Selected publications (.pdf)

"Education Change, Leadership and the Knowledge Society" 
Global e-Schools Initiative (GeSCI)  

Survey of ICT in education in the Caribbean
Volume 1: Regional trends & analysis
Volume 2: Country reports

Using technology to train teachers:
Appropriate uses of ICT for
teacher professional developmen
infoDev (Mary Burns, co-author)

Project evaluation:
Uganda rural school-based telecenters

World Bank Institute
(Sara Nadel, co-author)

The Educational Object Economy:
Alternatives in authoring &
aggregation of educational software 

Interactive Learning Environments
(Purchase or subscription req'd) 

Development of multimedia resources 
UNESCO (Cesar Nunes, co-author)

Real Access/Real Impact
Teresa Peters &
(hosted for reference; RIP TMP) 


Learning, technology & development


Entries in bottom billion (5)


(Not) the last word on the anti-Bono

The NY Times, National Public Radio, the Financial Times,the BBC... I can't get away from Dambisa Moyo! At least we're starting to see refutations of her statement that aid to Africa has been an ""unmitigated disaster." Sadly, perhaps, no one with the status (or at least, the publicity) of Ms Moyo herself is picking up this argument.

Bono's .org for aid to Africa, ONE, has posted the following:


  • Since 2002, more than 2 million Africans who might have otherwise died are on life-saving anti-AIDS medication;  
  • between 2005 and 2007, in Rwanda and Ethiopia malaria cases and deaths were more than cut in half thanks to a dramatic increase in bed nets and access to anti-malaria medication.  
  • since 1999, 34 million more African children are going to school for the first time;


All of these successes are directly attributable to a combination of increasingly effective aid, improved African governance, targeted debt relief and the hard work of people in Africa. [ONE doesn't support the direct attributions with a link, however.--Ed.]

Bono himself hasn't gotten involved. Instead, noted-but-overstated economist Bill Easterly has issued several counter-refutations of the ONE article, without really offering his opinion of Ms Moyo's book. (He likely finds it convenient but insubstantial.) Fortunately, David Roodman of Center for Global Development has at least taken the time to declare the book "sporadically footnoted," "selective in its use of facts," "sloppy," "illogical," "simplistic"   and "stunningly naive"--providing at least a mote of evidence for some of these adjectives and adjectival phrases.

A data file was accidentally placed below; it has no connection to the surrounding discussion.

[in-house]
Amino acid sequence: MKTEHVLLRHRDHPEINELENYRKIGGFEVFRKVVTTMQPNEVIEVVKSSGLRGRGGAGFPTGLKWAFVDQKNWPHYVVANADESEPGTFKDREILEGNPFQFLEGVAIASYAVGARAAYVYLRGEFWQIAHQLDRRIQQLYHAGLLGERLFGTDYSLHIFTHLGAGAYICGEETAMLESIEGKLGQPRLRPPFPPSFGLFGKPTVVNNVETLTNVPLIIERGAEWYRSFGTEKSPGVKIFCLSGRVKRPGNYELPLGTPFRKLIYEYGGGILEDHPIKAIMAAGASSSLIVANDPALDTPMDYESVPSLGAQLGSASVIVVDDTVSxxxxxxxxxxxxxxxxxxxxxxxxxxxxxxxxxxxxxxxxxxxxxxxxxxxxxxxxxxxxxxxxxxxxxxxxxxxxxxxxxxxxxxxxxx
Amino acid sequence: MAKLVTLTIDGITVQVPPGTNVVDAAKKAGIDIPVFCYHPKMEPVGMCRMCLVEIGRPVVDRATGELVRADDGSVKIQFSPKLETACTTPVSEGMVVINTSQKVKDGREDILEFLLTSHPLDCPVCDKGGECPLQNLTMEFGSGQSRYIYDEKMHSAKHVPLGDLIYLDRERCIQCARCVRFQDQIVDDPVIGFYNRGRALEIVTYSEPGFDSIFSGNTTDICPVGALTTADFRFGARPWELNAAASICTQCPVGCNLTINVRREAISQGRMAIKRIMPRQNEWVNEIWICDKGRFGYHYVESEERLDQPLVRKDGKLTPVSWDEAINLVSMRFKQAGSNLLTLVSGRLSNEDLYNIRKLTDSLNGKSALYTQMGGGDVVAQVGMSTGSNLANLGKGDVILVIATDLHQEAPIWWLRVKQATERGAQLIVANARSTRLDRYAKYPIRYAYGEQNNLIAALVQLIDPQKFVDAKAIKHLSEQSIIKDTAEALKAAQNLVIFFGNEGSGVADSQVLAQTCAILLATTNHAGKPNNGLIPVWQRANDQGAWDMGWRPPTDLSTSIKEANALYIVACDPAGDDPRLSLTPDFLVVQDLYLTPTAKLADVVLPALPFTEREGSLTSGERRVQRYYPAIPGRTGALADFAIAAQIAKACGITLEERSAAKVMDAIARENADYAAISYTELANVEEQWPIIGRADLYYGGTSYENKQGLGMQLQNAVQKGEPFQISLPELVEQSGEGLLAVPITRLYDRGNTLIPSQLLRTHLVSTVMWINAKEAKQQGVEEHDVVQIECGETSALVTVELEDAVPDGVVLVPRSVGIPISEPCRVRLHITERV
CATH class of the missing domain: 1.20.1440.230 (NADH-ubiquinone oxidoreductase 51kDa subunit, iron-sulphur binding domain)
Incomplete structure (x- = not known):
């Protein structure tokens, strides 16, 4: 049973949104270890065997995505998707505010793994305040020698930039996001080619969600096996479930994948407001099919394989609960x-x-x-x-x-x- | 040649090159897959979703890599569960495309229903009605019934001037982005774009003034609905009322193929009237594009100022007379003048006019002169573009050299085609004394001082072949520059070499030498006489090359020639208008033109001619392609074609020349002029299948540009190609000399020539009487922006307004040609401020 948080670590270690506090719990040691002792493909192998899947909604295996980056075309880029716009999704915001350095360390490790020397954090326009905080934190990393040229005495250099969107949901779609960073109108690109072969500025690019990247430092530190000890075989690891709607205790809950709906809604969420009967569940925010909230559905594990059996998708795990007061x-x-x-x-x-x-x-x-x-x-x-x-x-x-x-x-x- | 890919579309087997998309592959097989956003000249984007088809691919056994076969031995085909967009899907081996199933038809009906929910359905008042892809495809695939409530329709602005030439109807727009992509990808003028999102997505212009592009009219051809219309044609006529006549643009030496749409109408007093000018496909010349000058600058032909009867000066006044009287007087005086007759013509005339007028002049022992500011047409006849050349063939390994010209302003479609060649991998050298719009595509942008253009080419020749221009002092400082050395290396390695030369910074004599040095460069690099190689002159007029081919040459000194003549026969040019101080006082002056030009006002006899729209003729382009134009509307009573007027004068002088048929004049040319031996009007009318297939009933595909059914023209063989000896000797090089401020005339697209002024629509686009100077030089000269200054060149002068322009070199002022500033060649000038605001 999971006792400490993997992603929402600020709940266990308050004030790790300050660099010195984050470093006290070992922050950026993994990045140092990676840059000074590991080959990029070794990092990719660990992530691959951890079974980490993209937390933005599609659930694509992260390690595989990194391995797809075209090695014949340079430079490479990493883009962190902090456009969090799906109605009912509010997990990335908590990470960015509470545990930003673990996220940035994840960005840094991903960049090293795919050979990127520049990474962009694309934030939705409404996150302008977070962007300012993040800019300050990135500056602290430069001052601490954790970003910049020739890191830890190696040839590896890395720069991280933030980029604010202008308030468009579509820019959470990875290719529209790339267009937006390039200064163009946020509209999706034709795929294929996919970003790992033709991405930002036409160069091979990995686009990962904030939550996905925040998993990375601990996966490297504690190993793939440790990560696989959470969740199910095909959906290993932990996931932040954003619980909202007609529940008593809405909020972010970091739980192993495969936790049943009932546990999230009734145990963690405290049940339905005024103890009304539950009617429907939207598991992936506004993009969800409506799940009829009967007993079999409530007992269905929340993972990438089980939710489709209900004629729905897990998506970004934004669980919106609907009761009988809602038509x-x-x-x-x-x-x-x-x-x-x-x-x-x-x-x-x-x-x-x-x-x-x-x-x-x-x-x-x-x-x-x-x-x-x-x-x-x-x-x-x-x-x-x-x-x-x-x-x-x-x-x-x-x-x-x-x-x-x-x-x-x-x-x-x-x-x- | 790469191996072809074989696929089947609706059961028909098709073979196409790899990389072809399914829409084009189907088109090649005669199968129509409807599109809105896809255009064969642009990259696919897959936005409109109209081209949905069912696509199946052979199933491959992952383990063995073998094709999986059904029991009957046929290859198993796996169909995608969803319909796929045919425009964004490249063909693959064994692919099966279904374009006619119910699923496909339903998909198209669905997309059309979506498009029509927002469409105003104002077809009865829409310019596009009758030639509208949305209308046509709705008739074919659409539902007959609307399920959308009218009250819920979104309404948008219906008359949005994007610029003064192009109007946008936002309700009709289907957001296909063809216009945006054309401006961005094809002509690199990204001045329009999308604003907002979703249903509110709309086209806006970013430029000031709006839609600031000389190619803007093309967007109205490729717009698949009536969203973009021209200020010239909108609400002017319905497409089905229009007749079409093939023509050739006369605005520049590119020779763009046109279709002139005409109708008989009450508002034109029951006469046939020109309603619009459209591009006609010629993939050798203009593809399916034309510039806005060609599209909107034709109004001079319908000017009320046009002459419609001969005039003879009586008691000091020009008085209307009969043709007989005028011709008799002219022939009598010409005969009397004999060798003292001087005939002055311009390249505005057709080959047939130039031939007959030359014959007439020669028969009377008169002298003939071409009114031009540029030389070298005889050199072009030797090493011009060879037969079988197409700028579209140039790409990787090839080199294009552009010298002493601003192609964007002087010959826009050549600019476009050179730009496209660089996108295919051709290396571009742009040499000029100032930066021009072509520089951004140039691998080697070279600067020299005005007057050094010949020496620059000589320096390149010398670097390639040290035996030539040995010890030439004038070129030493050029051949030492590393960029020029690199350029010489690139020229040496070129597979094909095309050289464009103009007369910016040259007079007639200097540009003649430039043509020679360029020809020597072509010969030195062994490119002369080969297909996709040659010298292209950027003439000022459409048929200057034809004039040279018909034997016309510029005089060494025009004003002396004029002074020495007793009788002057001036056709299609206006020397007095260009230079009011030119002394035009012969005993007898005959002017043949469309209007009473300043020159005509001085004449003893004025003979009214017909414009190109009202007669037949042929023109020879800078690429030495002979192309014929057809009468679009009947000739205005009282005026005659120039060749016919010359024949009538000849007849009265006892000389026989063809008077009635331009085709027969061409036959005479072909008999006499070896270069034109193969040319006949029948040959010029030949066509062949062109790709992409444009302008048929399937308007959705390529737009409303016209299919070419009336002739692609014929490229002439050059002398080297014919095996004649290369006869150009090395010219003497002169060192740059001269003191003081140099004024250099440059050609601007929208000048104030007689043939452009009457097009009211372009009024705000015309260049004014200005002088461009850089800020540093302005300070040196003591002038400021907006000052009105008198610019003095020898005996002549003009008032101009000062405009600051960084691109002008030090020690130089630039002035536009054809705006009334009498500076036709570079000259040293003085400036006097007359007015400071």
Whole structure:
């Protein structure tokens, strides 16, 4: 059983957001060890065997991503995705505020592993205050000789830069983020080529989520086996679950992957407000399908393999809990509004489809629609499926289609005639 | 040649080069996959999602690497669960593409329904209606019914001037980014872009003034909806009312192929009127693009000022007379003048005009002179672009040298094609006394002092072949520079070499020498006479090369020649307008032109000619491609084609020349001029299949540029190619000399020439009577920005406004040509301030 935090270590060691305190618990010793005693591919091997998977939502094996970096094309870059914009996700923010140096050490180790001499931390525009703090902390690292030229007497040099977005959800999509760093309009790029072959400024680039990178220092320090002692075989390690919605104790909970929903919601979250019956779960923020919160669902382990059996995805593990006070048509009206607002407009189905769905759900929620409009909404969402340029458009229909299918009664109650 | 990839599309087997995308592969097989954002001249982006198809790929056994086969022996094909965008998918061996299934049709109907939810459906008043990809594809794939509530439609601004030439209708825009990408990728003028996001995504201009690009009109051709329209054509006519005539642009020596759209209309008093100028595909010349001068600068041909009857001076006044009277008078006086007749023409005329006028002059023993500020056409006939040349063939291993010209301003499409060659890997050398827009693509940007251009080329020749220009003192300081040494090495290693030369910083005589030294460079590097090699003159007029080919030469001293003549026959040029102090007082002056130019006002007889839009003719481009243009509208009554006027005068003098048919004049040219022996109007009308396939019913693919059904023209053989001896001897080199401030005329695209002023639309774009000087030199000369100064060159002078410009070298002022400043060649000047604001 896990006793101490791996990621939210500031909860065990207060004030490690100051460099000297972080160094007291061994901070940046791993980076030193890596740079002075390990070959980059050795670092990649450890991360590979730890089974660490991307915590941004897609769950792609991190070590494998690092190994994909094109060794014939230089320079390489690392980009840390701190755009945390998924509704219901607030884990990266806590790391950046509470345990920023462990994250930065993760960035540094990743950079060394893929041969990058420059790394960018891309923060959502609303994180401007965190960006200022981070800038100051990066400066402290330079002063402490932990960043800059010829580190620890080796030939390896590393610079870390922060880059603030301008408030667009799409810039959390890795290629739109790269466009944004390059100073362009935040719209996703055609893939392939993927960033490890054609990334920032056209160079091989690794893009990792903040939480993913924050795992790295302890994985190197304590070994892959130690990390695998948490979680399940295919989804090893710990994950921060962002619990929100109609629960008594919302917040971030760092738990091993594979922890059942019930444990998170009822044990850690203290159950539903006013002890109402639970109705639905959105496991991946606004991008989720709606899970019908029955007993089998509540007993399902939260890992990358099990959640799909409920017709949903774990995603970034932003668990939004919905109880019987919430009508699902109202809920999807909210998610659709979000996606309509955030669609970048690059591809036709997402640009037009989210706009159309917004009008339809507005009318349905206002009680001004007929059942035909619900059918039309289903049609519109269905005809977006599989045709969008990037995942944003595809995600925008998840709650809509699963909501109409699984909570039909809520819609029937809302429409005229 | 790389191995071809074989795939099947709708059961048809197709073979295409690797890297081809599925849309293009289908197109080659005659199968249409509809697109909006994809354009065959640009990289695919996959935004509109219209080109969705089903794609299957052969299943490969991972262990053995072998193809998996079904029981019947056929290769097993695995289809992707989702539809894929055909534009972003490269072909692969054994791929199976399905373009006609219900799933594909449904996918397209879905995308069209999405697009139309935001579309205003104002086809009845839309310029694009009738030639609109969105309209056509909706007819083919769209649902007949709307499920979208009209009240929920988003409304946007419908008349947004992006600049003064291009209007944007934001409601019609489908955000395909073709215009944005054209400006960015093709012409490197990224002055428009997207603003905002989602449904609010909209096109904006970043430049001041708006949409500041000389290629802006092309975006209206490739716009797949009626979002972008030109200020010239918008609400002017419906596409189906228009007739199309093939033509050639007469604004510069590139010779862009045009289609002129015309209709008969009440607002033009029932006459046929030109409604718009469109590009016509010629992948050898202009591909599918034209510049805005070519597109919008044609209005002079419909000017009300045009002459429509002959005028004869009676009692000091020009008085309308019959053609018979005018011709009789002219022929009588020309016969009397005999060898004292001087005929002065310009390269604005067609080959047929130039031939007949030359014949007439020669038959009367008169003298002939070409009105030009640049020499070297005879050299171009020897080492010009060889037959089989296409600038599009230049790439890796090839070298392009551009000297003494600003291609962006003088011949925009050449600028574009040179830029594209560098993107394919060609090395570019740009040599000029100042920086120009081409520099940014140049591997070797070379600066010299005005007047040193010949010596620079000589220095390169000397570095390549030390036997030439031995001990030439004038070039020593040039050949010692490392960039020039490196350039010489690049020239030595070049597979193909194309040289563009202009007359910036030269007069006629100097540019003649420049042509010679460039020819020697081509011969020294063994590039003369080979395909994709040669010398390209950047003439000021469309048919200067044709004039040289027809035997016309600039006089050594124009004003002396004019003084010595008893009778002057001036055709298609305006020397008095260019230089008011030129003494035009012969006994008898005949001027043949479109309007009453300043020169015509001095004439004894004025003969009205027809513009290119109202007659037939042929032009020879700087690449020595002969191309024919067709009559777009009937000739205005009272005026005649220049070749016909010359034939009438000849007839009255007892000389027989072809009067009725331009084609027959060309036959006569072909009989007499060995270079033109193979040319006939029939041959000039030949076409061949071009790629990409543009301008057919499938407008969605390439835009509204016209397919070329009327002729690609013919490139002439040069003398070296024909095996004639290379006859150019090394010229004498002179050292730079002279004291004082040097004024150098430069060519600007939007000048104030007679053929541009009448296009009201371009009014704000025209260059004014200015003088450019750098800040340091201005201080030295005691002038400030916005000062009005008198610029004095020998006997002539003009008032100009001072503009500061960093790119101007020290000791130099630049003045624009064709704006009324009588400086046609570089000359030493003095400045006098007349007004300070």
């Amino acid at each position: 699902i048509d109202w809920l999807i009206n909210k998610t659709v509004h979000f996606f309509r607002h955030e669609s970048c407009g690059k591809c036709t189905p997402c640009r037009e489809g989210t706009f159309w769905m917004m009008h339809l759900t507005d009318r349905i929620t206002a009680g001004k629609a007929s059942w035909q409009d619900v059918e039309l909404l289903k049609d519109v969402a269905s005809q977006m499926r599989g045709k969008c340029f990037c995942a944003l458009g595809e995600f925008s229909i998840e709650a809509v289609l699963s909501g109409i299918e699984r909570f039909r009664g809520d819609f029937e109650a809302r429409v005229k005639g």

The blogs and comments at the Guardian, the BBC and other UK-based sites are filling up with invective ("imperialist!"). In the US, Ms Moyo's media coverage provokes little popular response. Why is this?"


In vitro meat

Scientists use stem cells to grow tissue, so of course people have started talking about growing stem-cell-based meat as food. On the one hand, it's expensive at present ($1,000s per kilo). On the other hand, it radically reduces carbon emissions, it can happen anywhere, and it can be "adjusted" to be low fat, to provide Omega-3 fatty acids, or whatever.

And you can "design" the meat. The photo shows the 3rd-place design in the Oslo young-designers competition for 2009. 

If the costs can be brought down far enough, they can provide protein to people who otherwise would have none: 

Once when I was visiting Rwanda, I checked with my young friend John, then 6, and his friends in the village of Ruhengeri. At some point, they went with me to a local shop, where I offered to buy them Fanta sodas. But these kids were not so well off. John said, "Please, can we have some meat." What could I say? I bought them goat-on-a-stick. 


Slowly I turned, step by step, inch by inch... Dambisa Moyo!

Professor Dambisa Moyo has been flogging her book, Dead Aid, over the past few weeks on National Public Radio. I'm sorry, but when someone from a privileged background (OK, in Zambia) works for Goldman Sachs and the World Bank and then announces that aid doesn't work and that no one in Africa wants it, well, it just makes me ill.

Wm. Easterly and Ms Moyo to the contrary, I believe that there's a reasonable amount of evidence that aid works when it's well applied, well monitored, and well conceived. At the least, it's an arguable proposition that has been well-supported by empirical studies, even if those studies have themselves been contravened.*